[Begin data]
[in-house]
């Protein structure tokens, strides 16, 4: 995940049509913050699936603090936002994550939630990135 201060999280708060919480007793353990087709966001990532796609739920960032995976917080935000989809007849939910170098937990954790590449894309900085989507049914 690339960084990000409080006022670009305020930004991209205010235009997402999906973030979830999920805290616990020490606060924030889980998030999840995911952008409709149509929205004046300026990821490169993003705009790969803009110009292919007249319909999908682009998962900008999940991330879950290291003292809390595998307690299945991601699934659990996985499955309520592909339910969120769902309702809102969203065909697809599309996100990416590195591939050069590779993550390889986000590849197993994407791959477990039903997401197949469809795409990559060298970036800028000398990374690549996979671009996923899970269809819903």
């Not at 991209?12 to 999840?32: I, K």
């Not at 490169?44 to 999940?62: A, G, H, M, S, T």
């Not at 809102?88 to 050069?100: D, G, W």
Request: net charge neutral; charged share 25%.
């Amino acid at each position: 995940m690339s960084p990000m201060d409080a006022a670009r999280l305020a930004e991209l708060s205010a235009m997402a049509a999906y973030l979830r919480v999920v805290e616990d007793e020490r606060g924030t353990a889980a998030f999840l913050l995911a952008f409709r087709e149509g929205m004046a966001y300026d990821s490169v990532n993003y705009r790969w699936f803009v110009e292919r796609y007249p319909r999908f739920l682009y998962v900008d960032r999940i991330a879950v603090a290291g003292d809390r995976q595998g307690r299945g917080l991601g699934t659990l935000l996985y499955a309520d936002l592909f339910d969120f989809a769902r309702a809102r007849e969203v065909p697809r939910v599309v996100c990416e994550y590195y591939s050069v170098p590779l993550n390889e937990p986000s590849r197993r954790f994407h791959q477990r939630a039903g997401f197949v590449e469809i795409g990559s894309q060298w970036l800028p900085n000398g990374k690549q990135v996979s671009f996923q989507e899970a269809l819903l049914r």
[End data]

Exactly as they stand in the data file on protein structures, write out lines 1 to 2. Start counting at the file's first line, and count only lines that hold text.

[in-house]
């Protein structure tokens, strides 16, 4: 995940049509913050699936603090936002994550939630990135 201060999280708060919480007793353990087709966001990532796609739920960032995976917080935000989809007849939910170098937990954790590449894309900085989507049914 690339960084990000409080006022670009305020930004991209205010235009997402999906973030979830999920805290616990020490606060924030889980998030999840995911952008409709149509929205004046300026990821490169993003705009790969803009110009292919007249319909999908682009998962900008999940991330879950290291003292809390595998307690299945991601699934659990996985499955309520592909339910969120769902309702809102969203065909697809599309996100990416590195591939050069590779993550390889986000590849197993994407791959477990039903997401197949469809795409990559060298970036800028000398990374690549996979671009996923899970269809819903």